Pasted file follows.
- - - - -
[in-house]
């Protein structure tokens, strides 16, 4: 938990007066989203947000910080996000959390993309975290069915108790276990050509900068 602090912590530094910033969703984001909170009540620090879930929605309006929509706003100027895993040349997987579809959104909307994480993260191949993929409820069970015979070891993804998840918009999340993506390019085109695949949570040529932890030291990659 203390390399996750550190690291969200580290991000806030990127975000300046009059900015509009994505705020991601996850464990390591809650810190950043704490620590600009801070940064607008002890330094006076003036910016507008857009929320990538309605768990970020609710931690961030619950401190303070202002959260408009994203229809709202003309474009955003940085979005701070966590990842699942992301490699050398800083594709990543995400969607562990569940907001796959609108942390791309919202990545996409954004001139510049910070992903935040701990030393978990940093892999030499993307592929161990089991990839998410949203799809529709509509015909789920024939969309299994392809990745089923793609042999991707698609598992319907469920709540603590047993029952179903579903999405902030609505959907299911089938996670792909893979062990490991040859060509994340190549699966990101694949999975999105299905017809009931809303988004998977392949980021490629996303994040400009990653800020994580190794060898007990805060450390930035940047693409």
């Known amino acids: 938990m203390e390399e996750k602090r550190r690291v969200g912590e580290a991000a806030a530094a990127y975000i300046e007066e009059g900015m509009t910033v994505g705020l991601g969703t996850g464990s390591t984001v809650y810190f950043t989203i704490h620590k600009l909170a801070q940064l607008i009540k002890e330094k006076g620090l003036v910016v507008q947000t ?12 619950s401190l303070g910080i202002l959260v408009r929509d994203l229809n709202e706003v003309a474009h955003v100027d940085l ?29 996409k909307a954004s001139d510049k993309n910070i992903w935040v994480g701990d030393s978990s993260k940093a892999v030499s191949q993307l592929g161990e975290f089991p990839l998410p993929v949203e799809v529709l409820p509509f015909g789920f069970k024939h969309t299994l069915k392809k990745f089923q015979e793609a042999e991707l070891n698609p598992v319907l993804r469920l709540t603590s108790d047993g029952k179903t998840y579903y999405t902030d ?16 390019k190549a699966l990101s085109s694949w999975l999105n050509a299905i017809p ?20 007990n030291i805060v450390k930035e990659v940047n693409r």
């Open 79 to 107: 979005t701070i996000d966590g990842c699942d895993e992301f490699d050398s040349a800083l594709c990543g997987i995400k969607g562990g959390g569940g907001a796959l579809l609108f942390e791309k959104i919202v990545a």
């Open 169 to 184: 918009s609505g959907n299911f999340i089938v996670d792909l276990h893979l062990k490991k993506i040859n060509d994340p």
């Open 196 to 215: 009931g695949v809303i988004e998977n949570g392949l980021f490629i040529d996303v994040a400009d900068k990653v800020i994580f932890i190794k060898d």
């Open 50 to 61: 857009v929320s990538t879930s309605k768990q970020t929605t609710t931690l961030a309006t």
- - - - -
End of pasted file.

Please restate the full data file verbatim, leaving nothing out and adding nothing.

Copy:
[in-house]
């Protein structure tokens, strides 16, 4: 938990007066989203947000910080996000959390993309975290069915108790276990050509900068 602090912590530094910033969703984001909170009540620090879930929605309006929509706003100027895993040349997987579809959104909307994480993260191949993929409820069970015979070891993804998840918009999340993506390019085109695949949570040529932890030291990659 203390390399996750550190690291969200580290991000806030990127975000300046009059900015509009994505705020991601996850464990390591809650810190950043704490620590600009801070940064607008002890330094006076003036910016507008857009929320990538309605768990970020609710931690961030619950401190303070202002959260408009994203229809709202003309474009955003940085979005701070966590990842699942992301490699050398800083594709990543995400969607562990569940907001796959609108942390791309919202990545996409954004001139510049910070992903935040701990030393978990940093892999030499993307592929161990089991990839998410949203799809529709509509015909789920024939969309299994392809990745089923793609042999991707698609598992319907469920709540603590047993029952179903579903999405902030609505959907299911089938996670792909893979062990490991040859060509994340190549699966990101694949999975999105299905017809009931809303988004998977392949980021490629996303994040400009990653800020994580190794060898007990805060450390930035940047693409």
């Known amino acids: 938990m203390e390399e996750k602090r550190r690291v969200g912590e580290a991000a806030a530094a990127y975000i300046e007066e009059g900015m509009t910033v994505g705020l991601g969703t996850g464990s390591t984001v809650y810190f950043t989203i704490h620590k600009l909170a801070q940064l607008i009540k002890e330094k006076g620090l003036v910016v507008q947000t ?12 619950s401190l303070g910080i202002l959260v408009r929509d994203l229809n709202e706003v003309a474009h955003v100027d940085l ?29 996409k909307a954004s001139d510049k993309n910070i992903w935040v994480g701990d030393s978990s993260k940093a892999v030499s191949q993307l592929g161990e975290f089991p990839l998410p993929v949203e799809v529709l409820p509509f015909g789920f069970k024939h969309t299994l069915k392809k990745f089923q015979e793609a042999e991707l070891n698609p598992v319907l993804r469920l709540t603590s108790d047993g029952k179903t998840y579903y999405t902030d ?16 390019k190549a699966l990101s085109s694949w999975l999105n050509a299905i017809p ?20 007990n030291i805060v450390k930035e990659v940047n693409r």
């Open 79 to 107: 979005t701070i996000d966590g990842c699942d895993e992301f490699d050398s040349a800083l594709c990543g997987i995400k969607g562990g959390g569940g907001a796959l579809l609108f942390e791309k959104i919202v990545a």
């Open 169 to 184: 918009s609505g959907n299911f999340i089938v996670d792909l276990h893979l062990k490991k993506i040859n060509d994340p």
């Open 196 to 215: 009931g695949v809303i988004e998977n949570g392949l980021f490629i040529d996303v994040a400009d900068k990653v800020i994580f932890i190794k060898d």
């Open 50 to 61: 857009v929320s990538t879930s309605k768990q970020t929605t609710t931690l961030a309006t």